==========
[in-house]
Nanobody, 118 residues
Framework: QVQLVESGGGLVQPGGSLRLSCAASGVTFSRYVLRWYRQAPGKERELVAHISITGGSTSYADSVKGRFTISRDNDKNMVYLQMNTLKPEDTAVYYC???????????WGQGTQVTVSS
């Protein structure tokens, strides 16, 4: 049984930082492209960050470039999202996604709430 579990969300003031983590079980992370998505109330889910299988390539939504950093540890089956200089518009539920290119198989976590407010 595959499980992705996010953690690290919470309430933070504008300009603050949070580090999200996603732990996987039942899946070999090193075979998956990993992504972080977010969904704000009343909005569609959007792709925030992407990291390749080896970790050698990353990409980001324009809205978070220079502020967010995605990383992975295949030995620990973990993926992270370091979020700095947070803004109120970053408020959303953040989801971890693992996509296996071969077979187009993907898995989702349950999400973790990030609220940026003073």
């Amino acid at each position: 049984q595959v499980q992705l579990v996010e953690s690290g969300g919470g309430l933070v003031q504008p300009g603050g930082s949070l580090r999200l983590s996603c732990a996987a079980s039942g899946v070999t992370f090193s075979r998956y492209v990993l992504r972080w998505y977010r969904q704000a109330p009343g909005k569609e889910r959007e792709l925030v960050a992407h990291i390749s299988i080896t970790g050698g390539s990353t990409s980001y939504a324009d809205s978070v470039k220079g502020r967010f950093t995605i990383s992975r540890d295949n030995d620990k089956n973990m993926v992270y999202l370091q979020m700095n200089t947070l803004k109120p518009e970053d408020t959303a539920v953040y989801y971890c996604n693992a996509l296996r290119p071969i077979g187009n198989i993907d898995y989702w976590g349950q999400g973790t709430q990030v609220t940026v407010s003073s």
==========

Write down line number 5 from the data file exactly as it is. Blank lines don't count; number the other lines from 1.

């Amino acid at each position: 049984q595959v499980q992705l579990v996010e953690s690290g969300g919470g309430l933070v003031q504008p300009g603050g930082s949070l580090r999200l983590s996603c732990a996987a079980s039942g899946v070999t992370f090193s075979r998956y492209v990993l992504r972080w998505y977010r969904q704000a109330p009343g909005k569609e889910r959007e792709l925030v960050a992407h990291i390749s299988i080896t970790g050698g390539s990353t990409s980001y939504a324009d809205s978070v470039k220079g502020r967010f950093t995605i990383s992975r540890d295949n030995d620990k089956n973990m993926v992270y999202l370091q979020m700095n200089t947070l803004k109120p518009e970053d408020t959303a539920v953040y989801y971890c996604n693992a996509l296996r290119p071969i077979g187009n198989i993907d898995y989702w976590g349950q999400g973790t709430q990030v609220t940026v407010s003073s």